29 Ways to Stay Creative—Part Three

with 3 Comments

29 Ways to Stay Creative—Part Three
by Jen White

I LOVE to see things that take BIG thoughts and break them down for LITTLE people like me. In this new series of blogposts, I am wanting to share and discuss an infographic I found called 29 Ways to Stay Creative by Islam Abudaoud. Because there is SO much fantastic information packed into one little graphic, I’m planning to split my series into five parts. Here is part three.

29ways-img03
Part of an infographic designed by Islam Abudaoud.

 

29ways-3-img2#11 Surround Yourself with Creative People

Do you participate in the galleries and forums of your favorite digital scrapbooking site? I consider myself a fairly creative person, but I know for a fact that I’m not the only one. I am inspired every single day by other scrapbookers, but that wouldn’t happen if I didn’t take the time to engage. Here are a few tips:

  • Take a couple minutes to browse the new posts of your favorite galleries.
  • Subscribe to a forum. You’ll not only gain great ideas, but you’ll also have the chance to give back. Here’s how:
    • Go to a forum you enjoy, like Scrapper to Scrapper.
    • In the gray menu bar, choose Forum Tools > Subscribe to This Forum.
    • Set the Notification Type and click Add Subscription.
  • Join in a group of creative people in your community.

29ways-3-img3#12 Get Feedback

My poor son Carter (age 17). I’m always calling him into my office and saying, “Which one looks better?” or “Does this sound stupid?” He’s actually a pretty good judge. Of course, I don’t always take his advice. Sometimes I just do it to see if he likes the same thing I do—don’t tell him that though! Here are some ways to get feedback:

  • We have a Creative Critiques Wanted gallery. Upload your scrapbook page and wait for advice from experienced scrapbookers. Take it or leave it. Your choice.
  • Take an online class. Because of the nature of learning, classes are a great way to get feedback as you go.
  • Send a screenshot of your scrapbook page to a girlfriend. Better yet, send it to a girlfriend who does not scrapbook. Those are the kind of gals who are always WAY impressed with your effort!

29ways-3-img4#13 Collaborate

I have to admit this one had me stumped for a minute or two. I’m telling you right now, I don’t like anyone touching my handiwork. But, wait. What about scraplifting, grayscale templates, and quickpages? Those are sorta like collaboration, aren’t they? Think on this:

  • Scraplifting. It’s not a bad thing. Most people would consider it an honor. When you are plumb out of ideas, simply find a page you LOVE and try to copy it. Scraplifting is actually an excellent way to refine your Photoshop skills because it takes the pressure of being creative off your shoulders.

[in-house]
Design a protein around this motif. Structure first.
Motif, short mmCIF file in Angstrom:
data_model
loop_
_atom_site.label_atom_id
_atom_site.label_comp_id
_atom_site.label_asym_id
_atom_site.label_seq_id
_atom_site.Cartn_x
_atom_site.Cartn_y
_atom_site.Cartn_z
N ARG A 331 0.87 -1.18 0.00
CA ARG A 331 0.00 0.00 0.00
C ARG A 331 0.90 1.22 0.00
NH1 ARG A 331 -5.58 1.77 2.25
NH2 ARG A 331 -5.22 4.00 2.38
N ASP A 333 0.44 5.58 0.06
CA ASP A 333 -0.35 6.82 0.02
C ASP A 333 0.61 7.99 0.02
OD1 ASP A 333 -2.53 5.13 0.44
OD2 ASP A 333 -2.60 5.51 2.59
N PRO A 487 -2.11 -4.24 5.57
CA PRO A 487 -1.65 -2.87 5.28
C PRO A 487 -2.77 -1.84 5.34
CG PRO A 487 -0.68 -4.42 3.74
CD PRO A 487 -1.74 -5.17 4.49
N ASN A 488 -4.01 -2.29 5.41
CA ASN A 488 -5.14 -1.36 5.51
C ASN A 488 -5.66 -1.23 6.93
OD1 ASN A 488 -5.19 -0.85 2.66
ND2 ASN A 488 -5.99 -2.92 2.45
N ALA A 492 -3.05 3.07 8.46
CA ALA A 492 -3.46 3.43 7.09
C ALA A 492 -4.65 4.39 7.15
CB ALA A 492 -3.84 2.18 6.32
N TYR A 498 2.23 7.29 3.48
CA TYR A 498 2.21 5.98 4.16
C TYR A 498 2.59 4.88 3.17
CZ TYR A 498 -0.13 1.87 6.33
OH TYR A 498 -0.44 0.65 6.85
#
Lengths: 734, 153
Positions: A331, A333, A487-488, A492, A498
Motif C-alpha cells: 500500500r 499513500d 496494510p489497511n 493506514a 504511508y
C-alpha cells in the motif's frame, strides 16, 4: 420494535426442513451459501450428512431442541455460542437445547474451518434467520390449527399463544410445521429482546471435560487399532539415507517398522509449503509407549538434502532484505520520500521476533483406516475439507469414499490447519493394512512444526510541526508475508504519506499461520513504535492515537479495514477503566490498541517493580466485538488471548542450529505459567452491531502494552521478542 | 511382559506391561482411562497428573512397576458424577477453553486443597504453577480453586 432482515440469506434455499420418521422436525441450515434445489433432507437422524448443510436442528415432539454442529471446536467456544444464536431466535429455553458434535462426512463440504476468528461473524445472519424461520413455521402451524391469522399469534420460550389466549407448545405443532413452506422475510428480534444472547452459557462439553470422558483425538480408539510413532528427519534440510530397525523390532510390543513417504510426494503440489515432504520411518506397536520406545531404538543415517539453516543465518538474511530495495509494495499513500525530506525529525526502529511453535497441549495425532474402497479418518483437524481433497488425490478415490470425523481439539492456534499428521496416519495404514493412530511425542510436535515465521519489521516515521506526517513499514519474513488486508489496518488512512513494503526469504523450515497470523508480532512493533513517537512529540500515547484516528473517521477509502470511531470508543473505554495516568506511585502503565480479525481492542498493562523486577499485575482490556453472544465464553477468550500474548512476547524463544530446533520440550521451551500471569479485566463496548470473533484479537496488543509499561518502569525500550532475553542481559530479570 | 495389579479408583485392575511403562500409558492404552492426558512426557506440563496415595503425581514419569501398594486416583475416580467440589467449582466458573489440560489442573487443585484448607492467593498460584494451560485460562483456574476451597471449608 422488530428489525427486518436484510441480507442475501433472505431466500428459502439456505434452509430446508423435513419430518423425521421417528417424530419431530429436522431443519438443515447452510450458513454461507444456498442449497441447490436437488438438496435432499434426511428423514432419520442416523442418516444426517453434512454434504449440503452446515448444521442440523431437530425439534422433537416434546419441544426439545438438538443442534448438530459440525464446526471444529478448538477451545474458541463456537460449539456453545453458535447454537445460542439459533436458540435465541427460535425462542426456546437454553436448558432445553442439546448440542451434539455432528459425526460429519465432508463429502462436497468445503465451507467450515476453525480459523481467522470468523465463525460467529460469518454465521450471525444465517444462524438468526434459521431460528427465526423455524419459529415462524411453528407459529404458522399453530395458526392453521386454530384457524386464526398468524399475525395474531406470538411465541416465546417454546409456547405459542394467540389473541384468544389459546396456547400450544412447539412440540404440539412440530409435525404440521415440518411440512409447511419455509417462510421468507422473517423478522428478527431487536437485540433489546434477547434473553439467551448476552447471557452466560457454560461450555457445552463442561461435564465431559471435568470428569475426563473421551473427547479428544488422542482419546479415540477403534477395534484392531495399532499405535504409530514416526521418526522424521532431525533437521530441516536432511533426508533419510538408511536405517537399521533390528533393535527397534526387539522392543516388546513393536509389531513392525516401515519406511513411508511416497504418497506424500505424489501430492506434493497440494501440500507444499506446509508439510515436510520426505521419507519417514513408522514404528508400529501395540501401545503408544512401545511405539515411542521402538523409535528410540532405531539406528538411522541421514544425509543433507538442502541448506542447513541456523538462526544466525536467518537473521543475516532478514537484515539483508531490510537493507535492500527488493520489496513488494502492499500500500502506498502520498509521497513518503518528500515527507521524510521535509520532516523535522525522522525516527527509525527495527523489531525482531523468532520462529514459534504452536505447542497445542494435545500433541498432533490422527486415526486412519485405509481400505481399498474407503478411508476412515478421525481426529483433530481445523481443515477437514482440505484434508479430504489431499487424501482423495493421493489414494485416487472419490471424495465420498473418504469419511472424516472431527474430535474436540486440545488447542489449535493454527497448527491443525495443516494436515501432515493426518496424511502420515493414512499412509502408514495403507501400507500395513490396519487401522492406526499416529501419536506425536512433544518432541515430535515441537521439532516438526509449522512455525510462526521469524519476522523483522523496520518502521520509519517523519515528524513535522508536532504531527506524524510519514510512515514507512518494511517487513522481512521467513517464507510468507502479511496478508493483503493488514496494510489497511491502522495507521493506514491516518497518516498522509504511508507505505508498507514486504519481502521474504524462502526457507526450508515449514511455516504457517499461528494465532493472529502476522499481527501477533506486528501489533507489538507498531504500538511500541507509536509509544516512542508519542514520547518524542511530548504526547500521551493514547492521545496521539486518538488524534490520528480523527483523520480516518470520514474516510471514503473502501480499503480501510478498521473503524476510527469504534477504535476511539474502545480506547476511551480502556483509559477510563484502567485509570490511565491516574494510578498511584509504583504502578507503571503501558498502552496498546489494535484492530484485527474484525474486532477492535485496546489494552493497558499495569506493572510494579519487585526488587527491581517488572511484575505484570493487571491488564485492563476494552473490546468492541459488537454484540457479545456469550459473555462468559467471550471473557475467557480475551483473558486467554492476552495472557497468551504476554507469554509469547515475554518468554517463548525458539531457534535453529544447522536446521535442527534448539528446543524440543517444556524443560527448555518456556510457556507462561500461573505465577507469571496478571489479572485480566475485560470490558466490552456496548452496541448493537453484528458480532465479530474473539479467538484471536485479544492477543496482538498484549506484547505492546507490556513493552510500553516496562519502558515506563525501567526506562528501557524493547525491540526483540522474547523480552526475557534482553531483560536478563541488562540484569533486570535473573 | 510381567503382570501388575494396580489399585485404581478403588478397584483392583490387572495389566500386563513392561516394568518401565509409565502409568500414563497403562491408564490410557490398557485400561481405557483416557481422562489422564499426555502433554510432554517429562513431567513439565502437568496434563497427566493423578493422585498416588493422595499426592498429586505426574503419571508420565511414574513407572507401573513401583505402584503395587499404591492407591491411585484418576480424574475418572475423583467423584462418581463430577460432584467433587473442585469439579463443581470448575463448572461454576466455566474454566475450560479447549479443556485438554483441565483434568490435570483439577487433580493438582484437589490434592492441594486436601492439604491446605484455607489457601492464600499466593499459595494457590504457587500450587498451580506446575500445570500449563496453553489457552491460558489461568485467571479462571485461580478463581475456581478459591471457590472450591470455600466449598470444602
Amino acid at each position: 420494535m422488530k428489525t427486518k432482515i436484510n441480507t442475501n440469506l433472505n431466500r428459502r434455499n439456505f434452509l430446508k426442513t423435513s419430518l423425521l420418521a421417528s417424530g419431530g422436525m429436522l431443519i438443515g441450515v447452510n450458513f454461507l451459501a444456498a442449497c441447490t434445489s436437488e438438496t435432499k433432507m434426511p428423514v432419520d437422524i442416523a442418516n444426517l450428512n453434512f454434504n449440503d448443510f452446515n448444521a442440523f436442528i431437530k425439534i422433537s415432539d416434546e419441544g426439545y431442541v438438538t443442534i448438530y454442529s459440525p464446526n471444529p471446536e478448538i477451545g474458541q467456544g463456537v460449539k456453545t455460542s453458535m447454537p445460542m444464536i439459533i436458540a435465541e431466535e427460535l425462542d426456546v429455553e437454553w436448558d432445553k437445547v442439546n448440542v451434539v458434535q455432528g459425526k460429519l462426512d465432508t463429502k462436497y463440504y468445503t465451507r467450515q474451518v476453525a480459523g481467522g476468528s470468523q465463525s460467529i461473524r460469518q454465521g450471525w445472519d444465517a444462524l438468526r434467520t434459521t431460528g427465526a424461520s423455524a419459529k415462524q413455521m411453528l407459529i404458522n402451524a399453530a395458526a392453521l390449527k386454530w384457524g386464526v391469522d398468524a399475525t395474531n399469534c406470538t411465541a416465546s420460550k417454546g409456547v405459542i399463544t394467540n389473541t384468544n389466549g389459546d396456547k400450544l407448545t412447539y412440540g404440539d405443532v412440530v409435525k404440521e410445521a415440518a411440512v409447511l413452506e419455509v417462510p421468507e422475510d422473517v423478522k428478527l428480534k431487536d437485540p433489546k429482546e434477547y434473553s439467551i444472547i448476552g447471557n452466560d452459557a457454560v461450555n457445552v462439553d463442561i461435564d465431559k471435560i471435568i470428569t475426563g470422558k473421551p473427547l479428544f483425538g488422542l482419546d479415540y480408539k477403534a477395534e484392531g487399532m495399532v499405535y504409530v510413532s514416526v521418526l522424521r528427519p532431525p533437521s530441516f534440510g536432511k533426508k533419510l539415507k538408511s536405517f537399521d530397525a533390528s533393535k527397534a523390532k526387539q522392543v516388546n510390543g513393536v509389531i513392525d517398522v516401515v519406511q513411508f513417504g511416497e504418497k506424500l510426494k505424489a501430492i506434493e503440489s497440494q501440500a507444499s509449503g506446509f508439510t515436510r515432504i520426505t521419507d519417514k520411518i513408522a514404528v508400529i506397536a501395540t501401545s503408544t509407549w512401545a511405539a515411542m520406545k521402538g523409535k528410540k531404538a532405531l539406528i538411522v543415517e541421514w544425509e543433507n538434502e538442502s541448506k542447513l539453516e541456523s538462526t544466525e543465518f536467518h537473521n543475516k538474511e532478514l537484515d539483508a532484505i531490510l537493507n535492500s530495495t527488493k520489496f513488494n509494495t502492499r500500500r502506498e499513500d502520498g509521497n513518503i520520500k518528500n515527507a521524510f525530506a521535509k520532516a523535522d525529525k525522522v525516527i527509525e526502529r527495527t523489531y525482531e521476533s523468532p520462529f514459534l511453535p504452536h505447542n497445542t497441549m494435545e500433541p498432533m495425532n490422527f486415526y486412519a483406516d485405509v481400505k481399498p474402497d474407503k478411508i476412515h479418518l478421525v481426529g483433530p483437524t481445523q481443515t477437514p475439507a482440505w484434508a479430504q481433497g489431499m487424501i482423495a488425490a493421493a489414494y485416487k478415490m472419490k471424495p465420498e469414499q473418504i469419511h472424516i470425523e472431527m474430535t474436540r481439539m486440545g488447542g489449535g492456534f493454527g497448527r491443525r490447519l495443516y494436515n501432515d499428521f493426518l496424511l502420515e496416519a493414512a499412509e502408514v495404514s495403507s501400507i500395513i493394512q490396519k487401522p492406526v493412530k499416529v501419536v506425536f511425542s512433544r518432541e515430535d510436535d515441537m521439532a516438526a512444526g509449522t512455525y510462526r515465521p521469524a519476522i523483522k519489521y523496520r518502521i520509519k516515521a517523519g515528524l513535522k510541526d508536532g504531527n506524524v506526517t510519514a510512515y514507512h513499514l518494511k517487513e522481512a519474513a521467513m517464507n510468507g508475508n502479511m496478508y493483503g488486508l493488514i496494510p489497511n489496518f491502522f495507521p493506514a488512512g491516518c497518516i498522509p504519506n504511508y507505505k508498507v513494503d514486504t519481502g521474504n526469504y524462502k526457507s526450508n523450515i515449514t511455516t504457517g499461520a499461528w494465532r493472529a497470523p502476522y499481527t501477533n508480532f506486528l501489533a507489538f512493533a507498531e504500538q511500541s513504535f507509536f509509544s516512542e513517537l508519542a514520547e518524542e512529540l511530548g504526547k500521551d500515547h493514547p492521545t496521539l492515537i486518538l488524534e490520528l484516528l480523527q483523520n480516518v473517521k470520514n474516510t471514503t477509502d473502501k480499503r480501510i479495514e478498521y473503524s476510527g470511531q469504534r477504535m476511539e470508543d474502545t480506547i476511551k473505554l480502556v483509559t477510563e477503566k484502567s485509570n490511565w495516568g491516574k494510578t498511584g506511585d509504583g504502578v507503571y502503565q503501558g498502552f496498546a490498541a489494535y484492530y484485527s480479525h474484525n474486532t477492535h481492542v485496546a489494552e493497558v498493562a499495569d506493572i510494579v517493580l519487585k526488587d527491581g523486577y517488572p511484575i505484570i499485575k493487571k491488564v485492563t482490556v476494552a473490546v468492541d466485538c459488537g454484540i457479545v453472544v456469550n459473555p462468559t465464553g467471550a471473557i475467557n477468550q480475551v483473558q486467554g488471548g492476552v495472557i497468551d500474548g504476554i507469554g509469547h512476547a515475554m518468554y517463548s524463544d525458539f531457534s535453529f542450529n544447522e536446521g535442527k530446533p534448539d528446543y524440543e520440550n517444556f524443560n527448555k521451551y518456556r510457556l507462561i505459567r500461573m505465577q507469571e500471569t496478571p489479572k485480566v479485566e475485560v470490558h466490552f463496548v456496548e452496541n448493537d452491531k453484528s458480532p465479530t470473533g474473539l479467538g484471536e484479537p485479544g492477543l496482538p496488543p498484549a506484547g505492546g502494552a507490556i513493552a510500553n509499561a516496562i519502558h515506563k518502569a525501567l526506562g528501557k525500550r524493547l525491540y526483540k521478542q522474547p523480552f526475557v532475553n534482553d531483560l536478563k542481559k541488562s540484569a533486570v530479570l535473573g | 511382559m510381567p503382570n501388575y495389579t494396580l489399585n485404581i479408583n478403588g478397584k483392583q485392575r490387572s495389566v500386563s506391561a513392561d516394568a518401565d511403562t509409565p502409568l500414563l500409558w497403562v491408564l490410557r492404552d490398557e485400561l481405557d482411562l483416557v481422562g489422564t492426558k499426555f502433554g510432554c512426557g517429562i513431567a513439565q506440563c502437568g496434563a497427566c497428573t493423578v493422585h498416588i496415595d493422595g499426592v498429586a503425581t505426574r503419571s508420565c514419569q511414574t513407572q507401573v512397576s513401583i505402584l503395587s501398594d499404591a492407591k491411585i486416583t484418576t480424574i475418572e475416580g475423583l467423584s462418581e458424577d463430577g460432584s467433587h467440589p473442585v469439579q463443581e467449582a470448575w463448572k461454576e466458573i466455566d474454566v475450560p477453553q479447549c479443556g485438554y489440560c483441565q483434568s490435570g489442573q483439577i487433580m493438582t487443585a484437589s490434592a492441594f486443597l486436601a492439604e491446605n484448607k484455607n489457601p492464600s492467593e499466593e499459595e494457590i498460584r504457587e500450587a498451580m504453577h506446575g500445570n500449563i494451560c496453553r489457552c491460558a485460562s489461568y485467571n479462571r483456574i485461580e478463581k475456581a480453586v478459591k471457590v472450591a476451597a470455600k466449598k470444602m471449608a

• Templates. Need someone else’s basic design ideas to get you started? Start with what they’ve suggested, then add and subtract ideas and layers until it’s your own unique creation. Shop our templates.
  • QuickPages. These are an amazing creative tool. Just slip your photos in and you are off and running with not a bead of sweat to show for it. What could be better? Digital Scrapper now reserves all their designer made quickpages as a perk for Premier members. Learn more about Premier.

 

Tell me what you think. Do you do any of the above suggestions? How do you think they help you?

 

29 Ways to Stay Creative for Digital Scrapbookers
part one | part two | part three | part fourpart five

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jenwhite-48x48Author: Jen White | Contact Us
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3 Responses

  1. David
    | Reply

    A few years ago I read a Photoshop magazine in which there was a regular section about groups of people who got together to design a piece of digital art. No decision was made about what the final output would be. The first person just created something and then passed what they had done onto the next person who then added their own input to what had already been done. And so on and so forth until the last person had completed the work. The only condition was that nobody was allowed to alter anything that had already been created.

    Try doing this with a digital layout????

  2. Michele Kendzie
    | Reply

    All great ideas and I do almost all of them. However, lately I’ve been looking for a new digiscrap home, after getting too busy to scrap for a couple of years, and it has been discouraging finding just the right place for me. So much that I’ve considered not bothering to visit forums anymore, but I couldn’t bring myself to do that, and you’ve reminded me why: the inspiration!

    The item on your list that I haven’t done much lately that I think I’d like to pick up again is scrap lifting. I like that it’s more free than templates because I am starting with a blank page and just choose what parts to copy and easily change things around.

  3. Terri
    | Reply

    I love your idea for these posts. They are thought provoking. I use templates a lot because I am NOT a designer. I still feel creative when I put my own twist to the templates with colors, embellishments and photos. The classes and tutorials are also absolutely wonderful!!

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